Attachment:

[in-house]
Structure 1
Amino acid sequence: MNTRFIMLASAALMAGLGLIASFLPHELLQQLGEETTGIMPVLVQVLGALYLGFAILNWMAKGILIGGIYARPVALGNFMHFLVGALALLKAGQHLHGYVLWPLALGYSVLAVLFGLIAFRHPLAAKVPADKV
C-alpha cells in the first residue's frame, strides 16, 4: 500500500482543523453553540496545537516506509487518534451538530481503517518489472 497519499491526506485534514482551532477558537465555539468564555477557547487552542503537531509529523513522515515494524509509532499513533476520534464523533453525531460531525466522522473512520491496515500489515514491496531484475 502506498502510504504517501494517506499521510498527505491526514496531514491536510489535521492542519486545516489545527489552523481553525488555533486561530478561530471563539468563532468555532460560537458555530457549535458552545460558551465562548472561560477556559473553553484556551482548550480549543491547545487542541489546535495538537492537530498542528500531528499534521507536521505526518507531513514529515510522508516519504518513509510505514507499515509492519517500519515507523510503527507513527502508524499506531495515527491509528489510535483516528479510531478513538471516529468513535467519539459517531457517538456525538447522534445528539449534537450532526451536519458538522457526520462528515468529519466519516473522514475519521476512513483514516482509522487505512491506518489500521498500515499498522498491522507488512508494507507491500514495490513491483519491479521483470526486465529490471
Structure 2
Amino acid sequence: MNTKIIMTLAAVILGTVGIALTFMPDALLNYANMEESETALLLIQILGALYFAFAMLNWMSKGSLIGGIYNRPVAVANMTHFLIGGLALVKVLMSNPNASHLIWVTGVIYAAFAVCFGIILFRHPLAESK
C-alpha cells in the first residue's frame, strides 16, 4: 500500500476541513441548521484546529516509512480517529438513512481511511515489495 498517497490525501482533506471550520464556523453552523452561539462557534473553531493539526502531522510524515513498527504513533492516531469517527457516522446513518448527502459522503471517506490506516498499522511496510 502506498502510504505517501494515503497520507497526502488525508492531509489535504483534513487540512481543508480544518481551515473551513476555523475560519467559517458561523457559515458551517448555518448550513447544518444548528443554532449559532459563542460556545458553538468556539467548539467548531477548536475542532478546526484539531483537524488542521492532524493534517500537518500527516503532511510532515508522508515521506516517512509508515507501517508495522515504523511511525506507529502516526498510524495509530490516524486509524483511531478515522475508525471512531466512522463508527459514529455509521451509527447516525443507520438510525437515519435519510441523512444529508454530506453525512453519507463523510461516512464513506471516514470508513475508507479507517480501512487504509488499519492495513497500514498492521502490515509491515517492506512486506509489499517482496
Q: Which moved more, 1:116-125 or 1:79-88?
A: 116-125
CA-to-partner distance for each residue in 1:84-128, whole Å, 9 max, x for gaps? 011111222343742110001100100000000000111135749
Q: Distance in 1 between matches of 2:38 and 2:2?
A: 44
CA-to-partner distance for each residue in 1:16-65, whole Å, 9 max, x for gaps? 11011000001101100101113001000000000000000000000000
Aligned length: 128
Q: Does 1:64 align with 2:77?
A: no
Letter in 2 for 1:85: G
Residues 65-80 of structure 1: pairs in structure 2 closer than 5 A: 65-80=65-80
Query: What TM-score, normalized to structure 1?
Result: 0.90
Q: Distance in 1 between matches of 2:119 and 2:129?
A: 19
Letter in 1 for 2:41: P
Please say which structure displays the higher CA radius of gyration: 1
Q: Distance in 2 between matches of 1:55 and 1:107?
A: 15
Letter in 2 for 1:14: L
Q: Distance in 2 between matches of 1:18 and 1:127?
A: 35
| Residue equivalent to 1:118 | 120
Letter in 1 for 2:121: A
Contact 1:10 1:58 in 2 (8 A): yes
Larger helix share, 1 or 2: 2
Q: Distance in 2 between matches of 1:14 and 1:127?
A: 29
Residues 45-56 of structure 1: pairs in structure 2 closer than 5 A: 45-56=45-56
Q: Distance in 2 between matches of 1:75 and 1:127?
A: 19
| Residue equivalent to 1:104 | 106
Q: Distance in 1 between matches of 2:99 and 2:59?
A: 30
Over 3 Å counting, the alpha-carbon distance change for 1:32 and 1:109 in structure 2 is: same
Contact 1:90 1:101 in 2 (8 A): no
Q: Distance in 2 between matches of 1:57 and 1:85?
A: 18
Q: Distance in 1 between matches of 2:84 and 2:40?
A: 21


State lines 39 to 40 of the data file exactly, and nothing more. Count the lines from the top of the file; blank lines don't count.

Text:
| Residue equivalent to 1:104 | 106
Q: Distance in 1 between matches of 2:99 and 2:59?